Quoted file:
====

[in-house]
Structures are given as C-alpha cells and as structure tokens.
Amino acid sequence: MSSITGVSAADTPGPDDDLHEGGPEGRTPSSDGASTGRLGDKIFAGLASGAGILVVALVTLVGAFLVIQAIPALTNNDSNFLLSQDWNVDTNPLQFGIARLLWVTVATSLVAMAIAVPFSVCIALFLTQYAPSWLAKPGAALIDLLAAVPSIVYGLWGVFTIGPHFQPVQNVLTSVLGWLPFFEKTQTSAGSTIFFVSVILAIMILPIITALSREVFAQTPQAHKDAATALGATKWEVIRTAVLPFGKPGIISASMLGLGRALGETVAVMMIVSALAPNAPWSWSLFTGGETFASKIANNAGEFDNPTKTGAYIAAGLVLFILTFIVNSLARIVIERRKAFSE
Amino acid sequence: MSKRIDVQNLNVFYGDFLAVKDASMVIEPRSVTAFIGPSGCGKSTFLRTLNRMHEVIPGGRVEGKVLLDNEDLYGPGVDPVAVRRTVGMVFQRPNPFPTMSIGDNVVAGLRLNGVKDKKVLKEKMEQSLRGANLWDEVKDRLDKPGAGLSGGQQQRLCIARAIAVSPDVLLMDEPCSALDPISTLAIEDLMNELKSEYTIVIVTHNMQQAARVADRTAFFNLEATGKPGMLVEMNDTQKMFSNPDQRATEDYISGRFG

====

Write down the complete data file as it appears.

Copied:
[in-house]
Structures are given as C-alpha cells and as structure tokens.
Amino acid sequence: MSSITGVSAADTPGPDDDLHEGGPEGRTPSSDGASTGRLGDKIFAGLASGAGILVVALVTLVGAFLVIQAIPALTNNDSNFLLSQDWNVDTNPLQFGIARLLWVTVATSLVAMAIAVPFSVCIALFLTQYAPSWLAKPGAALIDLLAAVPSIVYGLWGVFTIGPHFQPVQNVLTSVLGWLPFFEKTQTSAGSTIFFVSVILAIMILPIITALSREVFAQTPQAHKDAATALGATKWEVIRTAVLPFGKPGIISASMLGLGRALGETVAVMMIVSALAPNAPWSWSLFTGGETFASKIANNAGEFDNPTKTGAYIAAGLVLFILTFIVNSLARIVIERRKAFSE
Amino acid sequence: MSKRIDVQNLNVFYGDFLAVKDASMVIEPRSVTAFIGPSGCGKSTFLRTLNRMHEVIPGGRVEGKVLLDNEDLYGPGVDPVAVRRTVGMVFQRPNPFPTMSIGDNVVAGLRLNGVKDKKVLKEKMEQSLRGANLWDEVKDRLDKPGAGLSGGQQQRLCIARAIAVSPDVLLMDEPCSALDPISTLAIEDLMNELKSEYTIVIVTHNMQQAARVADRTAFFNLEATGKPGMLVEMNDTQKMFSNPDQRATEDYISGRFG